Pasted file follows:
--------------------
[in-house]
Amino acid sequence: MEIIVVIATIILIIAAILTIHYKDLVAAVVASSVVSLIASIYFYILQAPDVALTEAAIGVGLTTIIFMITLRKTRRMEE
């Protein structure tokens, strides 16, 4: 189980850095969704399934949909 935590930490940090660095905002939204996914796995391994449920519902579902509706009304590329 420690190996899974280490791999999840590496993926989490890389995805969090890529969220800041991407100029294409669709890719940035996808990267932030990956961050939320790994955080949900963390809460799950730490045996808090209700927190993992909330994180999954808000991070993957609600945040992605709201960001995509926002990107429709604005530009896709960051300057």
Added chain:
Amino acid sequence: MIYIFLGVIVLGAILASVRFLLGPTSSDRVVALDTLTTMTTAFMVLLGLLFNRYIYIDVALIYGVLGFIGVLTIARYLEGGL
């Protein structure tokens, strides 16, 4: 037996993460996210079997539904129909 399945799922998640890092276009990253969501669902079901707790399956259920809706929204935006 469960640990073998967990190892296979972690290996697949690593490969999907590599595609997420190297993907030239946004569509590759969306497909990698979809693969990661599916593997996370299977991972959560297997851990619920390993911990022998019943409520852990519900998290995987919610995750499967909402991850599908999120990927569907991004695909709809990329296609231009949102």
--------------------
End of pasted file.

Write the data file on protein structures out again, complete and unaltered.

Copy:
[in-house]
Amino acid sequence: MEIIVVIATIILIIAAILTIHYKDLVAAVVASSVVSLIASIYFYILQAPDVALTEAAIGVGLTTIIFMITLRKTRRMEE
């Protein structure tokens, strides 16, 4: 189980850095969704399934949909 935590930490940090660095905002939204996914796995391994449920519902579902509706009304590329 420690190996899974280490791999999840590496993926989490890389995805969090890529969220800041991407100029294409669709890719940035996808990267932030990956961050939320790994955080949900963390809460799950730490045996808090209700927190993992909330994180999954808000991070993957609600945040992605709201960001995509926002990107429709604005530009896709960051300057």
Added chain:
Amino acid sequence: MIYIFLGVIVLGAILASVRFLLGPTSSDRVVALDTLTTMTTAFMVLLGLLFNRYIYIDVALIYGVLGFIGVLTIARYLEGGL
């Protein structure tokens, strides 16, 4: 037996993460996210079997539904129909 399945799922998640890092276009990253969501669902079901707790399956259920809706929204935006 469960640990073998967990190892296979972690290996697949690593490969999907590599595609997420190297993907030239946004569509590759969306497909990698979809693969990661599916593997996370299977991972959560297997851990619920390993911990022998019943409520852990519900998290995987919610995750499967909402991850599908999120990927569907991004695909709809990329296609231009949102």